Sending much love into the ether that is the internet 💕

Pain? You’re Fired!

I have my first appointment with the Pain Management Team on Monday and I’ll be honest with you, I’m dubious.

I get this feeling that pain is something to be dealt with in a matronly fashion with all this fuss and nonsense put away just so. We’re going to manage this pain out of a job. Actually I quite like the idea of firing my pain….

image

There are lots of people who post happy positive posters about not being their diagnosis and being pain / EDS / CRPS warriors. They appear to be using all of their energy convincing the world that inside them is a healthy person trying to get out. I’m sticking with my stoic approach. It’s worked for me for a long time. Let’s look at the objective facts:

– I’ve been in some form of pain for as long as I can remember
– I’ve been seeking help for specific joint pain since 2004
– I have a lifetime diagnosis of Ehlers Danlos
– POTS & CRPS are not permanent diagnoses
– I have 3 degenerated discs in my lower back, my neck hasn’t been MRId but the headaches and arm pain suggest similar.
– I’ve not had an upright MRI to show how my body responds to gravity. That’s expensive.
– At this moment, my mobility is bad. Powerchair bad.

What’s the absolute worst that could happen?
I get worse, or can’t tolerate the pain levels and have to stop teaching completely, rather than my current lame attempt at being a real person and teaching from my wheelchair which has varying degrees of success.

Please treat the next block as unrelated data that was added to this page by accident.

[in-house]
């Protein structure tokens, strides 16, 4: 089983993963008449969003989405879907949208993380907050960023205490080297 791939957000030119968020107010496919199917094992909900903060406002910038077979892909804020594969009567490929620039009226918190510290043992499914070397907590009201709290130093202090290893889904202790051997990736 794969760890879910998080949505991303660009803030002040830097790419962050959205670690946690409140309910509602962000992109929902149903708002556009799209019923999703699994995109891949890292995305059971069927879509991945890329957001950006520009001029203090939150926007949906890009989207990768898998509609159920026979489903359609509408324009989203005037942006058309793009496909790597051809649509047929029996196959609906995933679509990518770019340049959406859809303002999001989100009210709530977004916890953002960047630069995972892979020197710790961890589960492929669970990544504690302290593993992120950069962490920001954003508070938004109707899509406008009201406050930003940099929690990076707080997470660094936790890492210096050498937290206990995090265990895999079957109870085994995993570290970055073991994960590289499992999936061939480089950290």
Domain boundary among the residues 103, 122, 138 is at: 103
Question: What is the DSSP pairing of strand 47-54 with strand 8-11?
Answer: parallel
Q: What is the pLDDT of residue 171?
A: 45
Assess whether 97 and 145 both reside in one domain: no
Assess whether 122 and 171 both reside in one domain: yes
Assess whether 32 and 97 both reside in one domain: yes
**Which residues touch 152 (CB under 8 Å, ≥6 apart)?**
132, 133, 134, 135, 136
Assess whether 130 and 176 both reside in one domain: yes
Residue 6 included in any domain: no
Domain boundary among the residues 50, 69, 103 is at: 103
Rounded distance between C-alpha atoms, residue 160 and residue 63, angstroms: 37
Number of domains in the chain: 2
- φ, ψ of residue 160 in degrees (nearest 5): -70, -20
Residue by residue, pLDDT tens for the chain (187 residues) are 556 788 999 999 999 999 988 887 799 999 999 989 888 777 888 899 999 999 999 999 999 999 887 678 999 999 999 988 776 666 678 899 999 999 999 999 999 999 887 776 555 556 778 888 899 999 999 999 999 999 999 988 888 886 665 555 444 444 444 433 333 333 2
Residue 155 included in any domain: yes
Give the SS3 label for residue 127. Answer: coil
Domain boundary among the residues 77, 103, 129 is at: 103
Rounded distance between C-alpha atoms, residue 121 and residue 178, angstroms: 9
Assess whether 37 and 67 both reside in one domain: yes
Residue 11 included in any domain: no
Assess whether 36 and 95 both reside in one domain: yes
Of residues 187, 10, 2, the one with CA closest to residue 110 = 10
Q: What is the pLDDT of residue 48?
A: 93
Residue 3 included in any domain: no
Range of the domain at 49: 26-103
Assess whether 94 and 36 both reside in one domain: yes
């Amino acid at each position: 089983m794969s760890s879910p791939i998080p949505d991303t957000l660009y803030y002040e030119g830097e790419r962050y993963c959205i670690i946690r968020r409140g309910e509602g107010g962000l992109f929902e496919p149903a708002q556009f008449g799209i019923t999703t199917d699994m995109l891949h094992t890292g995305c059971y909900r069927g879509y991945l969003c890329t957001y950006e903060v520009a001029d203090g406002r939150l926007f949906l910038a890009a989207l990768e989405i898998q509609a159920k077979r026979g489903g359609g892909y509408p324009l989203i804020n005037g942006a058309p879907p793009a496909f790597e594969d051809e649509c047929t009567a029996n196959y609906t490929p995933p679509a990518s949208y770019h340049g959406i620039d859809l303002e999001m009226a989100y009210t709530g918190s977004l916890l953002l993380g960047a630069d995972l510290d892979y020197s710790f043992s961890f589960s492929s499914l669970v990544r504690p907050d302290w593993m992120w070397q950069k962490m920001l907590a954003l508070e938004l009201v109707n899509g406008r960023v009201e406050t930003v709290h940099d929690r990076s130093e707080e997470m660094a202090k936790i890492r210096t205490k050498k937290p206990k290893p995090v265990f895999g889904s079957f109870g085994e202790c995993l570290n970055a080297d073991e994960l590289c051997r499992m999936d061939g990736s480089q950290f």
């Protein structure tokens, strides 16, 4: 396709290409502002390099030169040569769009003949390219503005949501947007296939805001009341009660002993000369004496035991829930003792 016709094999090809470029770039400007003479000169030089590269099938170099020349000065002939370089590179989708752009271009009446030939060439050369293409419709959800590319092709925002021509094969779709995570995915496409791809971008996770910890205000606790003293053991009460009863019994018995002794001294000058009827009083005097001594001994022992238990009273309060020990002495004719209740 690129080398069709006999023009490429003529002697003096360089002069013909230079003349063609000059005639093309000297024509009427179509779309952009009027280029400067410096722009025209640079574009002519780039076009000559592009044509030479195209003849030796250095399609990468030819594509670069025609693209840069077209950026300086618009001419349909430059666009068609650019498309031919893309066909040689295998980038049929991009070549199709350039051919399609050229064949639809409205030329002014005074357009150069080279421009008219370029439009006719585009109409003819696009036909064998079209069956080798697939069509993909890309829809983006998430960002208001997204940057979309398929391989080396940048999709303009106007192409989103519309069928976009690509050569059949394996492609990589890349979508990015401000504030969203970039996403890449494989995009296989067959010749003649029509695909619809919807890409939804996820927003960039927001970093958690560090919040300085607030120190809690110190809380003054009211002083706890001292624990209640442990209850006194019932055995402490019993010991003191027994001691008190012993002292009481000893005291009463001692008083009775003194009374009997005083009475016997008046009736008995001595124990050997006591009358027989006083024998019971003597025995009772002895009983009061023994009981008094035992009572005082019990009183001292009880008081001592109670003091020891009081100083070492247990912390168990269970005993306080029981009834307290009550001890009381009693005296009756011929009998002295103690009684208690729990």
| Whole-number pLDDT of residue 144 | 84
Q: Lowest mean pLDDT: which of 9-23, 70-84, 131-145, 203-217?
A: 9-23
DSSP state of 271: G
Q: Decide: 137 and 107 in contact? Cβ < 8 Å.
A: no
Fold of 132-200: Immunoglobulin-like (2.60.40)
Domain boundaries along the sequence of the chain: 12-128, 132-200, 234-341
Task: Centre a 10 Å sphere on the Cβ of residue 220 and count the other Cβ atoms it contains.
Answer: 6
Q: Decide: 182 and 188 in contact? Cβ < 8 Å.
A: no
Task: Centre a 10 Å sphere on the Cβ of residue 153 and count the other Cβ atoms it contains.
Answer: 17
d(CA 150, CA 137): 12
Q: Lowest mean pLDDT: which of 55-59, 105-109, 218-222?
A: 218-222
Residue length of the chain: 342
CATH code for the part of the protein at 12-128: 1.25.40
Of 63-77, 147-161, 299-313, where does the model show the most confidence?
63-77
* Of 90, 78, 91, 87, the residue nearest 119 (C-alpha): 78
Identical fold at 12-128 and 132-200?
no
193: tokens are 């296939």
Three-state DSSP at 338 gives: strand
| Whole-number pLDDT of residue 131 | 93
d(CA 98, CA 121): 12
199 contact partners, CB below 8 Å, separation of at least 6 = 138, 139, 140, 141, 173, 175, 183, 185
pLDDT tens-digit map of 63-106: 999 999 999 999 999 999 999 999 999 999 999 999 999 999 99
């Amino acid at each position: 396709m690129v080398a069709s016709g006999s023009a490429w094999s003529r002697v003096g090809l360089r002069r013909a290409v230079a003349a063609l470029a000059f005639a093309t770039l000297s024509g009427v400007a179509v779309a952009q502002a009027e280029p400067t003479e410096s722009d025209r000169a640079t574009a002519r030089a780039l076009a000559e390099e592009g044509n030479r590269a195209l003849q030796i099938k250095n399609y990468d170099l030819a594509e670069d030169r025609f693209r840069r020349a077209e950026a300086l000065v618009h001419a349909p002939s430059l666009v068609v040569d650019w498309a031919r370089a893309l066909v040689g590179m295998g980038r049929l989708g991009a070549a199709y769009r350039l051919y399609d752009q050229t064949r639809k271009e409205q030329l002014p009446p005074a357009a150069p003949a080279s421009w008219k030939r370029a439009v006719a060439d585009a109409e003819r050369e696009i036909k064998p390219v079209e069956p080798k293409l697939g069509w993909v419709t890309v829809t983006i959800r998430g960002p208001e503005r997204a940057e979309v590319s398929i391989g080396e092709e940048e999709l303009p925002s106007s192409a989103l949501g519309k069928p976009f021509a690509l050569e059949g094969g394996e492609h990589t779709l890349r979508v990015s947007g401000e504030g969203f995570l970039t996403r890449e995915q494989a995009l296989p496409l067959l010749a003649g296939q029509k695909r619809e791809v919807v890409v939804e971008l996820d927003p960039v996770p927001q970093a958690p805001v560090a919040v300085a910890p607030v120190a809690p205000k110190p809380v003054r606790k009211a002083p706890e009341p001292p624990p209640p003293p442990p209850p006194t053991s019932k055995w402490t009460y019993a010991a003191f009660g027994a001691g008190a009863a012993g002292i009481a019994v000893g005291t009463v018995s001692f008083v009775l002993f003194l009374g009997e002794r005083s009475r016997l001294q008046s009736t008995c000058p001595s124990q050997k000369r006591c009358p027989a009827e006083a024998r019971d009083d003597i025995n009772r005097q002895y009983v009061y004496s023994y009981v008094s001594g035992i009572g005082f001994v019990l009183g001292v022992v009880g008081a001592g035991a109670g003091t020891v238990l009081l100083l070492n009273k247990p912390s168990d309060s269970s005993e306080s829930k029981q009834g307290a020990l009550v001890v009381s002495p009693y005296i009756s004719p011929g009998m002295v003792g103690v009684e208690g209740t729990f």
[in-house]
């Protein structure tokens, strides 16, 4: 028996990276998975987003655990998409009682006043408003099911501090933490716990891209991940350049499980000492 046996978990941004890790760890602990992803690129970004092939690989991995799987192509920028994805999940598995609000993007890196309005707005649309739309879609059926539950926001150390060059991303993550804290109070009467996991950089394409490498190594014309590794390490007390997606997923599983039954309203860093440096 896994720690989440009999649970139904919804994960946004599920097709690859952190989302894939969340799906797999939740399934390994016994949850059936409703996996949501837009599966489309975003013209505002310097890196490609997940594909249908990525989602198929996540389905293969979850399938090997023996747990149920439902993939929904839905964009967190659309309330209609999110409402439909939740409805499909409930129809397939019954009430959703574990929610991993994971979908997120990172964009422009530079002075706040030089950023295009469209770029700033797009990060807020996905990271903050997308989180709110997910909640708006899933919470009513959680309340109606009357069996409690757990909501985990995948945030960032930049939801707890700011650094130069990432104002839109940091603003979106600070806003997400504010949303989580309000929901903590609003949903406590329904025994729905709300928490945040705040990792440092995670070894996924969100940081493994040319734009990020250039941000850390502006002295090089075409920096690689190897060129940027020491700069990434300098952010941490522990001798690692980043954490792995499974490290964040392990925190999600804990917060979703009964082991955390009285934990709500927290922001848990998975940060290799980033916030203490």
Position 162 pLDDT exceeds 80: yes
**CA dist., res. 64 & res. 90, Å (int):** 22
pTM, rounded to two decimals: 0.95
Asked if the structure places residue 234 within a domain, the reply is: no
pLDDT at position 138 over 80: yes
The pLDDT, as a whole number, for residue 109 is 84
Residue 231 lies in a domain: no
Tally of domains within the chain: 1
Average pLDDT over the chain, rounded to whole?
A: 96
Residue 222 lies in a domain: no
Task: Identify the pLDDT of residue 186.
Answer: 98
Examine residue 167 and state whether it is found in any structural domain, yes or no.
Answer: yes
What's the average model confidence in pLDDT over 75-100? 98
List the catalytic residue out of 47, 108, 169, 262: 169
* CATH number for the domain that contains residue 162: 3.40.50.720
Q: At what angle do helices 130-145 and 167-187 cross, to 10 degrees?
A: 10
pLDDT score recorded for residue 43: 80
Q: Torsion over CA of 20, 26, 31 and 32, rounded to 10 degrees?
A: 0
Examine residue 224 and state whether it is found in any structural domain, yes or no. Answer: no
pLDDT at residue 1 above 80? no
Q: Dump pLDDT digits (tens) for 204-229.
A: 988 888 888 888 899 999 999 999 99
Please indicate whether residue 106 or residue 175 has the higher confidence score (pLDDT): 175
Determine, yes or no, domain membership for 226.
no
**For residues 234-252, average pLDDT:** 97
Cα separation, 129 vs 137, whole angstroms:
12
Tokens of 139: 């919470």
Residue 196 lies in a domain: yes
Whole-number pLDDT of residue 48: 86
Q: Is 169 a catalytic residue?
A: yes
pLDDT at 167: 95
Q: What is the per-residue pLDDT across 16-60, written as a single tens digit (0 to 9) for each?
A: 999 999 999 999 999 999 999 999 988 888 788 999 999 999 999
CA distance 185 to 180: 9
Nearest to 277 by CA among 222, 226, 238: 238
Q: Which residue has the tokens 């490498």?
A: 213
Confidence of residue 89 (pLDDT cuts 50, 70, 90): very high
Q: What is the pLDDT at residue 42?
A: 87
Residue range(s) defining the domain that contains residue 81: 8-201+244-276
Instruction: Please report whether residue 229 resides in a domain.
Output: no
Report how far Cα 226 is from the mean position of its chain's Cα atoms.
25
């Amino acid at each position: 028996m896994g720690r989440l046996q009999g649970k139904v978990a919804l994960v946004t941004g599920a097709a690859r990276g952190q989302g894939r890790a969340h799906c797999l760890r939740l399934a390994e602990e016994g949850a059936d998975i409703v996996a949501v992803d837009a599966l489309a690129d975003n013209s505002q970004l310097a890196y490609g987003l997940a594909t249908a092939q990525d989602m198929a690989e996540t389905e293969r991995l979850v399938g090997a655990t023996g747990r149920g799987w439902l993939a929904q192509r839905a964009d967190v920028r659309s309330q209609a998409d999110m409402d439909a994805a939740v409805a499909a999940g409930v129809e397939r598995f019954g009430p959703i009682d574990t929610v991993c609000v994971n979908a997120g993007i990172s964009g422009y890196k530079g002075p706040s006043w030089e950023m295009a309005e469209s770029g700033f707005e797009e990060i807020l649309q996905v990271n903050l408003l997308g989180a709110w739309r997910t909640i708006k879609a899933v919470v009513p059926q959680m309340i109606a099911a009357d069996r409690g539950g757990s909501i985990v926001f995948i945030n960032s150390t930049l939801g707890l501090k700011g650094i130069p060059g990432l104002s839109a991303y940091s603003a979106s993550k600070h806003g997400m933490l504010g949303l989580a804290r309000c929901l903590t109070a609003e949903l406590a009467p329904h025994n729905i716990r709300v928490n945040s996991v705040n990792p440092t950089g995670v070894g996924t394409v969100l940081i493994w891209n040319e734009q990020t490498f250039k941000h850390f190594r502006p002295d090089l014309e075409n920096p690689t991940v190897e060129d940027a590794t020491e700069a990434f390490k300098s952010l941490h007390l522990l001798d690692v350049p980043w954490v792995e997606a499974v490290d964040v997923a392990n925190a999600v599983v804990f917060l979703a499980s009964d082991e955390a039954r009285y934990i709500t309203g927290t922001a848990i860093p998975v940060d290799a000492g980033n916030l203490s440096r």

Is that the absolute worst? Seriously?
No, it’s relative to current situation, but I refuse to entertain any darker thoughts about remaining in this much pain. There are much darker thoughts. They pop up more than I care to admit.

When I look at those people who are ‘pain Warriors’, I know that’s not for me because for me, there’s no point wasting energy I don’t have pretending not to be in this situation.  It sucks yes, but this is my reality. Denying that pain, or joint dislocations exist is the kind of stupid “I’m fine!” attitude that landed me in a chair. That and shitty genetics.

So, apparently we will “manage” the pain better and hey presto, angry cornered animal returns to serene Swan. Pain management seems the way forward. Or at least it’s the thing that all the specialists have said after they shrug and tell me that they’re not that well versed in EDS, or POTS, or CRPS, or any other medical acronym that has stuck itself to me like an irritating bur over the past few years… Months ago I was sent a pile of questionnaires to complete about my pain. A whole host of the questions in these were vague and repetitive. For a (computer) scientist who finds holding a pen painful, I want a to the point assessment with minimal writing – online if possible. I don’t want to fill in three million on a scale of 1-10s about how much I can still do “things”… what things? I still enjoy eating cake. I’m not such a fan of rock climbing these days.

They even included this one. Twice. The pain is zen. I am the pain. The pain is everything and everywhere. It hurts…. HERE. As in, in this room.

image

It put me on the defensive because the data analyst in me extrapolated 3 questions from all of these questions:
1. Are you faking it?
2. Are you a hypochondriac?
3. Are you mentally ill?

No, No, and no but I’m starting to wonder. I’m in chronic pain & like Obi Wan Kenobi, you’re my last hope.

Anyway, my appointment came through telling me that I would be seen alone and then they would decide if my companion could join us. Err, no. He’ll be coming in thank you. Do I sound a bit defensive? I guess I am. This is now my bog standard reaction to medical professionals that scare me. And anyone who may want to physically examine me, stands a very real chance of holding a disembodied limb by accident. This was the case with the Rheumatologist who just put that shoulder back where he found it and hoped no one noticed. I did notice. It hurt.